How Coming Out Can Be A Multi-Staged Process

For many individuals, there may be one defining or significant moment when they ‘come out’, but more often, ‘coming out’ becomes an experience that is repeated multiple times throughout their lives. It can be a long process of understanding and accepting your sexual orientation or gender identity and coping with the ways in which others respond to your news.

Here are a few things to think about if you’re facing the prospect of this often multi-staged process:

Do you have a strong support network?

It’s rare that coming out is a straightforward, uneventful occurrence, and even rarer that the emotional responses of others will be the same. So, it’s extremely helpful for you to have a strong network of people that you can rely on to support you, and not just when you first come out, but for every other stage of the process that you may be faced with.

Even if there is just one person that you can turn to in confidence, and even if it’s an anonymous person such as someone working for an LGBTQ hotline, it will mean that you have a positive, non-judgmental outlet for your emotions.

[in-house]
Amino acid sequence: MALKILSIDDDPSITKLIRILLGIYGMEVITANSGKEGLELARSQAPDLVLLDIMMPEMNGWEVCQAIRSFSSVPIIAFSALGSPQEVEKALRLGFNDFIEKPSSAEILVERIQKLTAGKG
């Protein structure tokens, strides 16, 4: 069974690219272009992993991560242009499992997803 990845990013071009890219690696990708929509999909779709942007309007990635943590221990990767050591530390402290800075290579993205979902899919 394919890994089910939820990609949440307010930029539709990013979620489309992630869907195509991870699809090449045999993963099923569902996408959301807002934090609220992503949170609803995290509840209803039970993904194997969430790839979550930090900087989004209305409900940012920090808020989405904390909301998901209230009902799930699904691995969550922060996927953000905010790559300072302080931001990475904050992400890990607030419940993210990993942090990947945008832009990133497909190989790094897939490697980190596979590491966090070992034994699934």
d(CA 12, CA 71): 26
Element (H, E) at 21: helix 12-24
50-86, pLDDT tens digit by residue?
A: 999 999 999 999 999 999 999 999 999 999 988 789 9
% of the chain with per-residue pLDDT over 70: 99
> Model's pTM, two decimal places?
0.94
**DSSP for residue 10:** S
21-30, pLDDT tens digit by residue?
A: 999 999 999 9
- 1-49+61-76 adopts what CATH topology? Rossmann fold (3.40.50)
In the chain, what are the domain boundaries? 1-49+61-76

Are you prepared to be patient?

Often, those around you may take time to fully understand your news, and some may even react initially with shock or sadness. It might be wise to assume that your news will not always be met positively, so that you’re prepared should hard responses happen. That isn’t to say that those who love you will never accept you for who you are, but it may take time.

For those who are particularly struggling to cope with your news, but for whom you are confident it’s due to a lack of understanding rather than a simple matter of disappointment, anger or sadness, you could try to educate them about what it really means to be LGBTQ. Help them to understand some of the struggles you’ve already gone through in life and make them aware of the many struggles you will doubtlessly continue to face.

Mental strength

It’s a sad reality that things may get tough for you as a member of the LGBTQ community. If you face discrimination or hostility, you will need to rely on your inner strength and uphold your self-respect so that you can continue to make yourself proud. Not all others may embrace you, but you should certainly love yourself.

While it may be a cliché that loves conquers all,  it is often true, and the more you love yourself for who you are, the more you’ll find yourself in grounded space of self-compassion.

If you’re struggling with the mental or physical pressures of having recently come out, then please find someone that you can trust to talk to about it. Counselors can be hugely beneficial, providing you with support and professional guidance when you really need it, and with their help, you could soon be living the happy, safe and loving life that you deserve.